Is there somebody in your life that appears to be suffering from the self-sabotage syndrome?
Perhaps you know somebody like Joe Bloggs (not a real person).
Joe is unhappy in his office job, so when a job with higher pay comes up in another organisation, he decides to apply. He has plenty of experience in the field, and from the position description he knows that it is a great match for his skill set. He would be crazy not to apply, as it would be the perfect career move!
But somehow, Joe doesn’t get around to working on his application until the last minute.
Although he does manage to lodge it just before the deadline, it definitely wasn't his best work. But Joe thinks to himself:
- If Anne hadn't phoned I would've had more time.
- The car wasn't going to wash itself!
- I couldn't miss Friday night drinks with the boys.
Joe is disappointed to learn he didn't get an interview, but probably not all that surprised.
This might be an imaginary scenario, but it happens to people – often very skilled, highly intelligent people – all the time.
It’s a recipe for failure, as Joe discovered, so you might be surprised to learn that people experiencing the self-sabotage syndrome are actually scared of failure.
Deep down, they fear failure and rejection of themselves at their best, so they hamper their own efforts - for example, by leaving an important job application to the last minute.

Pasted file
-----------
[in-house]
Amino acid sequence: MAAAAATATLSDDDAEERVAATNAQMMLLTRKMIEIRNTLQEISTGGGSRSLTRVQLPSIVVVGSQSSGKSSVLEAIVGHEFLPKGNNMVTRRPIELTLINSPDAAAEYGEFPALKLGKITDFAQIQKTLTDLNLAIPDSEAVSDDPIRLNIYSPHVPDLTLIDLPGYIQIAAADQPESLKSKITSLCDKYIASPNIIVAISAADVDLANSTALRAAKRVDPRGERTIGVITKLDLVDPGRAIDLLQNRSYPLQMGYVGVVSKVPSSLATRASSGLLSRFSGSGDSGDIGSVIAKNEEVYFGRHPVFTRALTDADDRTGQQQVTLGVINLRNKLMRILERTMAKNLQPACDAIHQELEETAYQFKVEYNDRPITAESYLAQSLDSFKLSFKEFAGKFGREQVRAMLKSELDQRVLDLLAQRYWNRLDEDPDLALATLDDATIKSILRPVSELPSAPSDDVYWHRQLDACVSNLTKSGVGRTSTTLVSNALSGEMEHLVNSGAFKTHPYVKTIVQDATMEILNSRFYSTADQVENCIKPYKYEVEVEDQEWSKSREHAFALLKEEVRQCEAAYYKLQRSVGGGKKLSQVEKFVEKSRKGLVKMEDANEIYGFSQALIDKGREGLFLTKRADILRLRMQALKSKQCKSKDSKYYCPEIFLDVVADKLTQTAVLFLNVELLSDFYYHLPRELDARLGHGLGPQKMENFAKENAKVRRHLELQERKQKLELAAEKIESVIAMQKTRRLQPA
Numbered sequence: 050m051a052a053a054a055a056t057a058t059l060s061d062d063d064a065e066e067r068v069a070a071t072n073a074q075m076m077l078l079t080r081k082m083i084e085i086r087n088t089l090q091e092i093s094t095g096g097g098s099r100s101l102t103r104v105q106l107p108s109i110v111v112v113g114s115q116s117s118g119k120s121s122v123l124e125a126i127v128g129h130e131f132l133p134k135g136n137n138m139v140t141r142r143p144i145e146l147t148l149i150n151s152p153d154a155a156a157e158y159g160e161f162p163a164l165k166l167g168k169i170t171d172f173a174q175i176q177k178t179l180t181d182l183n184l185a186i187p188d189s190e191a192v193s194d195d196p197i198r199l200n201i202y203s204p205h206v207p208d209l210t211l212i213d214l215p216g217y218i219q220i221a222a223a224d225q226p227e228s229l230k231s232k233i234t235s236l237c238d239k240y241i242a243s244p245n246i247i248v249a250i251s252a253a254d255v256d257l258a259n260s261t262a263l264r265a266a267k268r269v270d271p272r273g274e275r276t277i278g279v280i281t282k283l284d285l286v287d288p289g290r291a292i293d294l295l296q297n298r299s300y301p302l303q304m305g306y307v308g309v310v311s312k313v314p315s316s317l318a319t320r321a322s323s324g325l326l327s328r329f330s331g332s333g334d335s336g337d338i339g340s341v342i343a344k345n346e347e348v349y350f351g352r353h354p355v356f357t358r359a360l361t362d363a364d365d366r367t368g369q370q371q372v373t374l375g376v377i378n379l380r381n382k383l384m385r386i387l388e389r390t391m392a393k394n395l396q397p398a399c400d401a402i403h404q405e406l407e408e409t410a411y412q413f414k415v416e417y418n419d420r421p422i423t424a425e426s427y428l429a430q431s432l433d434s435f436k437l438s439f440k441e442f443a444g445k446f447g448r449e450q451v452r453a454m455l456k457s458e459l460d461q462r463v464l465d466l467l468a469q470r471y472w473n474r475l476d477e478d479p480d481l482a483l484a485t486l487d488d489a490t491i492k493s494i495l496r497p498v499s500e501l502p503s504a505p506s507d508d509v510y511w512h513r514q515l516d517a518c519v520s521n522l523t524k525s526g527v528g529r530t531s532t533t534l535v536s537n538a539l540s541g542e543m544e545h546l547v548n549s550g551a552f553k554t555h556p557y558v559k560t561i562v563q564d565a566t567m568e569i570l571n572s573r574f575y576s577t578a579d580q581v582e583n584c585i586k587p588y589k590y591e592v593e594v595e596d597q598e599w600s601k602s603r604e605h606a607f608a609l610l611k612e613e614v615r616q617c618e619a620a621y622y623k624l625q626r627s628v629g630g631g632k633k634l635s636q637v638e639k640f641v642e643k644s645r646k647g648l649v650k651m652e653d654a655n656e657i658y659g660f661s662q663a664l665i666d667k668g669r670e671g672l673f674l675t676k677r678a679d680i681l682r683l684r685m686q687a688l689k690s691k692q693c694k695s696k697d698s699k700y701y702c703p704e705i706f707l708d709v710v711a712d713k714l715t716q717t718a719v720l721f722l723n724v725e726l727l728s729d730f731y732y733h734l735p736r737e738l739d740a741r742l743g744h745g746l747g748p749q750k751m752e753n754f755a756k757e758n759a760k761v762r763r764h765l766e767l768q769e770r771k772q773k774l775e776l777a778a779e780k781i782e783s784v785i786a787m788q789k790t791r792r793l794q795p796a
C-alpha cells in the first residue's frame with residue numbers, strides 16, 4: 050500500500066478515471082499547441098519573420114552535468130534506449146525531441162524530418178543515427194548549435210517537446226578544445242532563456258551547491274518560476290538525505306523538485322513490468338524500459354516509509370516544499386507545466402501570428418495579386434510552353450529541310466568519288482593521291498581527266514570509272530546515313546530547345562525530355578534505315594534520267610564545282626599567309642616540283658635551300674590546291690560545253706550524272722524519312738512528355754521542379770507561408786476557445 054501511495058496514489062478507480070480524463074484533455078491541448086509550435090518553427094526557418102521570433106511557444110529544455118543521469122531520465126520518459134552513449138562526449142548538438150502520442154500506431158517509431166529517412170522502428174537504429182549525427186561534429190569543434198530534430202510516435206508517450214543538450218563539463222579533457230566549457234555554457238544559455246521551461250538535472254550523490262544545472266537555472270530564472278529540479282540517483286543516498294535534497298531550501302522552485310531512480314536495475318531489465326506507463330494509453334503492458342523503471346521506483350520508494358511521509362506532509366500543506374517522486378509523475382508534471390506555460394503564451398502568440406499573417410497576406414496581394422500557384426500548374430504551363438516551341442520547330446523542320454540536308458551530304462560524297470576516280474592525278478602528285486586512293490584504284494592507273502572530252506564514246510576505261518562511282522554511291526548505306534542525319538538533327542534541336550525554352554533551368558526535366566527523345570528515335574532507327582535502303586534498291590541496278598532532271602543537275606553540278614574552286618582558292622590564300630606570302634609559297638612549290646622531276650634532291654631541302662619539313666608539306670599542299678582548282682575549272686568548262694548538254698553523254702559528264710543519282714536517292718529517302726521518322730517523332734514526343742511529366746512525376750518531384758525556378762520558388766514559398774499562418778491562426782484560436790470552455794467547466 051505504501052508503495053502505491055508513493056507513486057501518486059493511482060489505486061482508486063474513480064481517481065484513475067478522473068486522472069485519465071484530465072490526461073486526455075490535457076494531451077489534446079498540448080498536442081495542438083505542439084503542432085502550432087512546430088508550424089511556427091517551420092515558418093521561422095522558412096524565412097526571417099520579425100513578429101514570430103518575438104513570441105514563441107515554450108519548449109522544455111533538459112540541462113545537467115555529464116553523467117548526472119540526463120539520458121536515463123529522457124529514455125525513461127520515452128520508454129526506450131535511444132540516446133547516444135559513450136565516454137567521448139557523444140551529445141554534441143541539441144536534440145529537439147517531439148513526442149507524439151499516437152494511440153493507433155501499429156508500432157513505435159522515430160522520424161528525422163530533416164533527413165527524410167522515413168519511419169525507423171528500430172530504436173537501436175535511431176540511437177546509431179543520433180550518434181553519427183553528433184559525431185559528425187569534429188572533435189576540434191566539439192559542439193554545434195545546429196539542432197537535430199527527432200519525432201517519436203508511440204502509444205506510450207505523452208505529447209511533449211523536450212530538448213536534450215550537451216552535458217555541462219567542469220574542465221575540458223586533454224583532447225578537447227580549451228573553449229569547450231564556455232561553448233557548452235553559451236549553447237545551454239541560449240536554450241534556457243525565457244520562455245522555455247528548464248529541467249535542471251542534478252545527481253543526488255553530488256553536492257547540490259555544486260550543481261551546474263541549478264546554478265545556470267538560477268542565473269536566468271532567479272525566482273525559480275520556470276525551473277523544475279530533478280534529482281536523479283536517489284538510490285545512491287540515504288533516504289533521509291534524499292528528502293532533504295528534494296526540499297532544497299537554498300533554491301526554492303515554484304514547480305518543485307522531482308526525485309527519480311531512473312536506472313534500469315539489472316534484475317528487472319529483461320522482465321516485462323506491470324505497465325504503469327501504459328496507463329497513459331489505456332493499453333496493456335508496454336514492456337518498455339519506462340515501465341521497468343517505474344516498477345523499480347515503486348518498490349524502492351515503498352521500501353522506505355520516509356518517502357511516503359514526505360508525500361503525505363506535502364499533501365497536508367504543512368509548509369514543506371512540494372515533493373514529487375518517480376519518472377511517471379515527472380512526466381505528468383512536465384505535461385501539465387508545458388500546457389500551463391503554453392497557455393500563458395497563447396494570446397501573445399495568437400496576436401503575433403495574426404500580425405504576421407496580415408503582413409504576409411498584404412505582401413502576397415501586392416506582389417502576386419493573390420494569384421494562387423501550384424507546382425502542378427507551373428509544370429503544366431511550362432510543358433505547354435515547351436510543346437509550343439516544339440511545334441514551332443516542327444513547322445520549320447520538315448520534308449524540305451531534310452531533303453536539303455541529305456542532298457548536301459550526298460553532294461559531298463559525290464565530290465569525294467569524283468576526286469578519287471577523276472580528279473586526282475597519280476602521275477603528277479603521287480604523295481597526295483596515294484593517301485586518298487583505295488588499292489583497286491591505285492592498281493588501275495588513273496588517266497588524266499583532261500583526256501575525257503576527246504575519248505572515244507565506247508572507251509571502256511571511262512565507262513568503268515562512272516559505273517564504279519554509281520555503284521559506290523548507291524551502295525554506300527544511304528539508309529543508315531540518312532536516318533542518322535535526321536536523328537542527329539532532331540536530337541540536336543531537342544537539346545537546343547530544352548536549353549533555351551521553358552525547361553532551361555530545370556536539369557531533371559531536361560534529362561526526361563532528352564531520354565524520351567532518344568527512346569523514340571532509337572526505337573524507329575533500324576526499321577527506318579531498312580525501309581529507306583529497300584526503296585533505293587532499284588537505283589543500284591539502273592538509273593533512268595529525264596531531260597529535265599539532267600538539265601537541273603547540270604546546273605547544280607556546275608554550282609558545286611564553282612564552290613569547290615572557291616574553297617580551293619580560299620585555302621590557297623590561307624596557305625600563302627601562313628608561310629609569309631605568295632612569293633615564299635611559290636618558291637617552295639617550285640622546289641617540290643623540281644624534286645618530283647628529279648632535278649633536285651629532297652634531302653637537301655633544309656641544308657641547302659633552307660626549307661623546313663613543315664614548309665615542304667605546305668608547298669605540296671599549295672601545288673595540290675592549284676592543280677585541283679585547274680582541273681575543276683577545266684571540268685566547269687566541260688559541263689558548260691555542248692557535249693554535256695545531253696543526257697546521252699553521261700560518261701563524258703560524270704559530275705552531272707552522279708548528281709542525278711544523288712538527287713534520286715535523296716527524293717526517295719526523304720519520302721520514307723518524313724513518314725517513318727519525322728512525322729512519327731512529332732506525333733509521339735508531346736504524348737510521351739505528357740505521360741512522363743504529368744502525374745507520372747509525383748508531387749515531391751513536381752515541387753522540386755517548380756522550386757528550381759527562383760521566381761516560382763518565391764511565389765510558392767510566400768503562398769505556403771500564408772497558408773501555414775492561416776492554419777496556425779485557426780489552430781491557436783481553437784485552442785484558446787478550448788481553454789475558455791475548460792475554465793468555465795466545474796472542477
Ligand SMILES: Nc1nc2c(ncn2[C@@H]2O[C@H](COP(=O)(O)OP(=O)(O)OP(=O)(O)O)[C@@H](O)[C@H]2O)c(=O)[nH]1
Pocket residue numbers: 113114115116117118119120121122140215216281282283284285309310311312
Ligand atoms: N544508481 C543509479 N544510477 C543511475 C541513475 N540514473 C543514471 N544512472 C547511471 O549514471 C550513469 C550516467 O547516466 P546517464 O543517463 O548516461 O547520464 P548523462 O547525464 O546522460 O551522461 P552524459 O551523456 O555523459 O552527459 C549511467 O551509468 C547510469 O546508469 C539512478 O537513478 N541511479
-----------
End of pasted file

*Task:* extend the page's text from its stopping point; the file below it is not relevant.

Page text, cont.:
What is the Self-Sabotage Syndrome?
The self-sabotage syndrome occurs when an individual continually creates obstacles that interfere with achieving their own goals.
Our mate Joe employed one of the most common self-sabotaging techniques: procrastination. However others may sabotage their own efforts in other ways, such as turning to alcohol, food or not getting enough sleep.
This type of self-defeating behaviour stems from a lack of self-belief - but at the same time, it allows the individual to protect the self-belief they do have.
- If the individual should fail, they can blame the obstacle/s rather than themselves - like Joe did. When Joe missed out on the interview, he was able to blame his poor application on the demands of his busy life.
- If by chance the individual should succeed, it boosts their self-esteem. Should Joe get called for an interview after all, he would feel competent because he still succeeded even when he did a rough job.
In the short term, self-sabotage may protect the individual’s self-belief and help them feel better about themselves.
However, the problem is that over the long term, self-sabotage can prevent the individual from achieving their goals, and creating the life they want.
Overcoming the Self-Sabotage Syndrome
The good news is that if you have realised the self-sabotage syndrome is ruling your life, it can be overcome. The help of a psychologist can give you the strength and the tools to break these deeply ingrained habits.
Cognitive Behavioural Therapy (CBT) for example, can help you to :
- identify the causes of your self-defeating behaviours;
- challenge your fear of failure;
- build your self-esteem;
- and ultimately, choose different actions when you are tempted to self-sabotage.
Although you may have been doing okay in life despite practising self-sabotage - imagine how much better things could be if you gave yourself permission to do your best!
If you - or somebody you know - is falling into the trap of self-sabotage, you can book a free 10 minute phone chat with a Gold Coast Psychologist to find out more about how to break free, on (07) 5527 0123.